City conducting extensive downtown parking survey

Gilroy
– Shoppers along Monterey Street may notice people jotting down
notes by their cars in coming weeks, but the note-takers are not
handing out tickets or recording license plate numbers. They are
collecting information as part of the city’s downtown specific
plan, a project to craft new development
and zoning guidelines for the area.
Gilroy – Shoppers along Monterey Street may notice people jotting down notes by their cars in coming weeks, but the note-takers are not handing out tickets or recording license plate numbers. They are collecting information as part of the city’s downtown specific plan, a project to craft new development and zoning guidelines for the area.

“As part of our downtown specific plan, we are conducting a broad-based traffic analysis which includes traffic – of course – parking, bicycles, pedestrians,” Bill Faus, the city’s planning division manager, explained. “It’s a wide-reaching study.”

A thorough review of parking is vital, Faus said, as the city explores new commercial and residential uses downtown.

“We’re not only looking at parking availability, but use,” Faus said. “Do they sit empty all day? Are they packed at certain times of day?”

The parking study comes as the much-anticipated downtown revitalization gets under way with construction of a three-story building at Monterey and Lewis streets. The project combines street-level retail and above-ground apartments. In the next few years, more than 20 new housing and commercial projects will crop up in the area, including a major project at the old Cannery site off Lewis Street. That project, organized by nonprofit South County Housing, will bring 200 residential apartments and 40,000 square feet of retail space to the downtown area.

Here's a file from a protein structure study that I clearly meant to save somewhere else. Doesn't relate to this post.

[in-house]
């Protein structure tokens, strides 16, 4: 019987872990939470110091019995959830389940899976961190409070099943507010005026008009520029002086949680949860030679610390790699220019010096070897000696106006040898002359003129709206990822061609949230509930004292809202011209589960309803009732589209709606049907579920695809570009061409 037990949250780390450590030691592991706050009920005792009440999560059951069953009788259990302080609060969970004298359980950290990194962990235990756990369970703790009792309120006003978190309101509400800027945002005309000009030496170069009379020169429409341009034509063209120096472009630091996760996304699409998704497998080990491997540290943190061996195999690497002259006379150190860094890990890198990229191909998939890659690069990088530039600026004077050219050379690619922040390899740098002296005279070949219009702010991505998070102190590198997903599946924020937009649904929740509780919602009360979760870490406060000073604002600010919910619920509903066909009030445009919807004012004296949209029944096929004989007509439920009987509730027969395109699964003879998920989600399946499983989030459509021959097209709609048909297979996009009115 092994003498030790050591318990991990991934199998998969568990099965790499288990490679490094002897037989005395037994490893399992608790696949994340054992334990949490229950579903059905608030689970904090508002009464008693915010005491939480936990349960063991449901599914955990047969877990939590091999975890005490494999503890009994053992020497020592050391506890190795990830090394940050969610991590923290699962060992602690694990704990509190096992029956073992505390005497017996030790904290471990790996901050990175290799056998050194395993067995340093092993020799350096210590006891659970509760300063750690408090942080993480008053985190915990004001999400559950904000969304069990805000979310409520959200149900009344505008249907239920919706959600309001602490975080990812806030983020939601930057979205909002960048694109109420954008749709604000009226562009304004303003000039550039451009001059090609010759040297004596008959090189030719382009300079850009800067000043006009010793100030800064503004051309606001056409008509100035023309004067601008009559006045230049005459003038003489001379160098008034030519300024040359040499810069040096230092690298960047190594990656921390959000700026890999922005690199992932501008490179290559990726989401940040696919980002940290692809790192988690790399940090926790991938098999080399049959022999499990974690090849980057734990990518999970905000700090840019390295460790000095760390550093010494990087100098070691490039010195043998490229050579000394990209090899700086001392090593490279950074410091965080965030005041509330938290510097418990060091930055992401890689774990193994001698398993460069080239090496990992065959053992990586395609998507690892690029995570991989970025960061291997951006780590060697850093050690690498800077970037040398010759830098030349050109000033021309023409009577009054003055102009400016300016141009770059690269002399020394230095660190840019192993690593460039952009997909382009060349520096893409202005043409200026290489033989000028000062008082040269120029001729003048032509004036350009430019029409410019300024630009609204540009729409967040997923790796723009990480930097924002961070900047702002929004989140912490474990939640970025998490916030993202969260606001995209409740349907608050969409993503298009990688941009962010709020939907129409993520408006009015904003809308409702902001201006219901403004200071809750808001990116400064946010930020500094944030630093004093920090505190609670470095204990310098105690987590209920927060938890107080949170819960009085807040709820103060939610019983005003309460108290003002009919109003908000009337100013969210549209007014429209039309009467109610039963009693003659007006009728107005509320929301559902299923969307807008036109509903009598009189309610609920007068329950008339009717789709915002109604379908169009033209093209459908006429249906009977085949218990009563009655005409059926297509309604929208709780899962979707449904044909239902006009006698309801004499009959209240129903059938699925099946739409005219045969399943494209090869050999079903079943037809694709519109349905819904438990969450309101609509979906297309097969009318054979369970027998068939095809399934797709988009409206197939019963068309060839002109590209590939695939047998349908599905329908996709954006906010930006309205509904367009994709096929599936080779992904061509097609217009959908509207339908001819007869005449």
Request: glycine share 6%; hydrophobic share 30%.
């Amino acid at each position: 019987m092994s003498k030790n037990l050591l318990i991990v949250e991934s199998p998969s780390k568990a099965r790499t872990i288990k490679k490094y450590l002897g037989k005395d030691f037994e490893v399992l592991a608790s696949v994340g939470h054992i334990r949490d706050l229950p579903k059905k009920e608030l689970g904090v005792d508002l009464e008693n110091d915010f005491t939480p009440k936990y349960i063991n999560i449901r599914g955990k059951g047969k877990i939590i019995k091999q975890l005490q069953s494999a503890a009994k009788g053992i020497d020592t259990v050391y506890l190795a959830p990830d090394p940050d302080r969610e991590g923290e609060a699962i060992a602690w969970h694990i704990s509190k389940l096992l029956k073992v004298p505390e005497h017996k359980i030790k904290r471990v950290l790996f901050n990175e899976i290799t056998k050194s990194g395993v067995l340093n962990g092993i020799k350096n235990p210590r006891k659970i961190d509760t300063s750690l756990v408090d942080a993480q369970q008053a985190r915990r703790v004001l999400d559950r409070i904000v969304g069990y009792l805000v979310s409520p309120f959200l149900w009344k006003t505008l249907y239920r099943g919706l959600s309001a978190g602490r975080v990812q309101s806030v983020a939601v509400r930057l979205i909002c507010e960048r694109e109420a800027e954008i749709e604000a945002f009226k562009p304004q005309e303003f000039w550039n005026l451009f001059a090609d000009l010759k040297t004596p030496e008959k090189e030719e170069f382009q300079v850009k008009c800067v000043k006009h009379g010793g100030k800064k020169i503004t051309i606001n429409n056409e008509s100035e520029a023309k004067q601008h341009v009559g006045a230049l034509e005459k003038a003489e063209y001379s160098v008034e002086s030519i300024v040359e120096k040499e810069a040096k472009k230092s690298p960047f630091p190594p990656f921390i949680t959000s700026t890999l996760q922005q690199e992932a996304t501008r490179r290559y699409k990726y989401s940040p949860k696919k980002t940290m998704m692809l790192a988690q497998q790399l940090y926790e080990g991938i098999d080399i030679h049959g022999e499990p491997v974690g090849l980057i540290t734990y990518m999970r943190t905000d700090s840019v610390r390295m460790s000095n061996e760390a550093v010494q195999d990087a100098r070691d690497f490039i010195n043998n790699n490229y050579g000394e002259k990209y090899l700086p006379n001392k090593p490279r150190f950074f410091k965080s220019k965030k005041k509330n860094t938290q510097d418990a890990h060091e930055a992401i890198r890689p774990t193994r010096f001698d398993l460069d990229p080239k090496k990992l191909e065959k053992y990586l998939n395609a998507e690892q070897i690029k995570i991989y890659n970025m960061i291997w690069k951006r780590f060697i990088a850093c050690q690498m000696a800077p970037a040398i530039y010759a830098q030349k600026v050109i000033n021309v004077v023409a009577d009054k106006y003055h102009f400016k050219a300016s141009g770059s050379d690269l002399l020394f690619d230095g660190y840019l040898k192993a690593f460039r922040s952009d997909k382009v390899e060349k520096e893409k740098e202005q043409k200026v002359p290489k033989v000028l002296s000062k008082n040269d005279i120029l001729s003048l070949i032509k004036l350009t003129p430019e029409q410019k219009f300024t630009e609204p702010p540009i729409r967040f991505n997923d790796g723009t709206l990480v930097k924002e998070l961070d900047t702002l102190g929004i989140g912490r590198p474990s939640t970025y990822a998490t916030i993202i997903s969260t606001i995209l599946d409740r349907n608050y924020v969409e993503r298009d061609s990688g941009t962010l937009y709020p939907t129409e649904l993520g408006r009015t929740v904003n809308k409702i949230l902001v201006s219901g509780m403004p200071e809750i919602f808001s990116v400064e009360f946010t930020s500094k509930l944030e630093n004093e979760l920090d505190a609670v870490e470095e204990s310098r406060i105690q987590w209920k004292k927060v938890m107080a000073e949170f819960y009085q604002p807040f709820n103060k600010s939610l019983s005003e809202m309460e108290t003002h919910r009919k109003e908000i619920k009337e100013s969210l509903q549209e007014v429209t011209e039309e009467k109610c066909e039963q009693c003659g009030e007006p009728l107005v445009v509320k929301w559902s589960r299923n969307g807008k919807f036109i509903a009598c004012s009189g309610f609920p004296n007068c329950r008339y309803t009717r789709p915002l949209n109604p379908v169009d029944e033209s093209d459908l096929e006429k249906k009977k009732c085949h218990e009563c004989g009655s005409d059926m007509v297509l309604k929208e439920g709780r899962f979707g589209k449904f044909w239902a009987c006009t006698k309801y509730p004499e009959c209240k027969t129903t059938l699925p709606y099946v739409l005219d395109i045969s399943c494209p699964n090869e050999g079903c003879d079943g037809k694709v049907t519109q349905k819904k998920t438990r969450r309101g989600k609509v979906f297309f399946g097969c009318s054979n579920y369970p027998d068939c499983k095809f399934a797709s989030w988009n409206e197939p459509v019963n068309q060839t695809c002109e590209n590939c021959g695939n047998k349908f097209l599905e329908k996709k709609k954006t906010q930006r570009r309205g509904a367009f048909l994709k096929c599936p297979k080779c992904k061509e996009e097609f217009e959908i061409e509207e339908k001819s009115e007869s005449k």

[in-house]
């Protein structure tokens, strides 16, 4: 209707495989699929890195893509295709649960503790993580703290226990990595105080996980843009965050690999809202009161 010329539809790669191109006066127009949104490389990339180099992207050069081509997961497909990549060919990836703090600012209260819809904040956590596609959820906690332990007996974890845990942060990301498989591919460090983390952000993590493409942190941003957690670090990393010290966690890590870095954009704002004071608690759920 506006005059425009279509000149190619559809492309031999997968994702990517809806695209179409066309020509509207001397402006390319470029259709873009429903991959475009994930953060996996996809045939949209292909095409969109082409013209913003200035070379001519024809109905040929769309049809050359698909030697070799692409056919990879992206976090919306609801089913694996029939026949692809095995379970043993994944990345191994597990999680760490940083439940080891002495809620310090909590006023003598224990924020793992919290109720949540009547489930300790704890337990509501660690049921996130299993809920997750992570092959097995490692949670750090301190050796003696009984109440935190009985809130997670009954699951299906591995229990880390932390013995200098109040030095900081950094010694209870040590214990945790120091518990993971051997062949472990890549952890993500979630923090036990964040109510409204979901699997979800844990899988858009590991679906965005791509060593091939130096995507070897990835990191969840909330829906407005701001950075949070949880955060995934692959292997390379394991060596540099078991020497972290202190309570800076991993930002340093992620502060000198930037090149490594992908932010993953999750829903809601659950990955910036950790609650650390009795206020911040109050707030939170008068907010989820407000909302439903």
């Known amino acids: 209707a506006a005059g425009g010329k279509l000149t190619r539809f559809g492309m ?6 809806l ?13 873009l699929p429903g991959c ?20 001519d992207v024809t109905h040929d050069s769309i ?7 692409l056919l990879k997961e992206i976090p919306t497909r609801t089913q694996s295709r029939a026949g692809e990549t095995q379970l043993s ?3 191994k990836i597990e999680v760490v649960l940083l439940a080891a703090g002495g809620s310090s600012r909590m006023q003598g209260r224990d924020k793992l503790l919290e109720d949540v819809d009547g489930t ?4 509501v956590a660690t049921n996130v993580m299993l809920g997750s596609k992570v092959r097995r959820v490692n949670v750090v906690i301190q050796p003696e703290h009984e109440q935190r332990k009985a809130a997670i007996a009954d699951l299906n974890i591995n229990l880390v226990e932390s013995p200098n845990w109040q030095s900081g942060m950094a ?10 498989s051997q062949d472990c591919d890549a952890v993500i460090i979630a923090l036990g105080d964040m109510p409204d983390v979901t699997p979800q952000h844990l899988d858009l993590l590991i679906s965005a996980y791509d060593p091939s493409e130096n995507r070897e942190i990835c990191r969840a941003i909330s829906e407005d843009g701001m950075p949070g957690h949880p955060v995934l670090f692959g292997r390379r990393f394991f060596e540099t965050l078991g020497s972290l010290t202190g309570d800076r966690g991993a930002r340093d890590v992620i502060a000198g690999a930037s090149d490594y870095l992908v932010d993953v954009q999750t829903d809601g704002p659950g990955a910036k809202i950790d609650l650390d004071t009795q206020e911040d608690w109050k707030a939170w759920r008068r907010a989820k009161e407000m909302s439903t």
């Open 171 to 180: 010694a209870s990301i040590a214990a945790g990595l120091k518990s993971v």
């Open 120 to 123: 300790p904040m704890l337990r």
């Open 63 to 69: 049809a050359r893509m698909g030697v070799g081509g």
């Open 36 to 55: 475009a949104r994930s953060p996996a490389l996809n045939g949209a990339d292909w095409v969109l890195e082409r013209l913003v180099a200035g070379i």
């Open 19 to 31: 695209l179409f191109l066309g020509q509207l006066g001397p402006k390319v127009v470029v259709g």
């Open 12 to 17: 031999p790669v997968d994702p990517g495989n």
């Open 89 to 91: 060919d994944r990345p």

“It is important to look at the land uses proposed in terms of the commercial component, residential component, and to look at the parking we have within these areas,” Faus said.

Hexagon Transportation Consultants will conduct the parking survey over the course of the next 30 days or so, according to Faus. He said consultants plan to inspect the area at various times each day of the week.

The task force charged with developing the downtown specific plan has already discussed a number of parking ideas, including the addition of timed or metered parking, although no final decisions have been made.

“The study will move us in the direction of a dialogue that will tell us we have a parking deficiency in some area, and that will move us into an area of possibly augmenting our current parking,” Faus predicted.

Officials expect to complete the downtown specific plan by the end of the summer.

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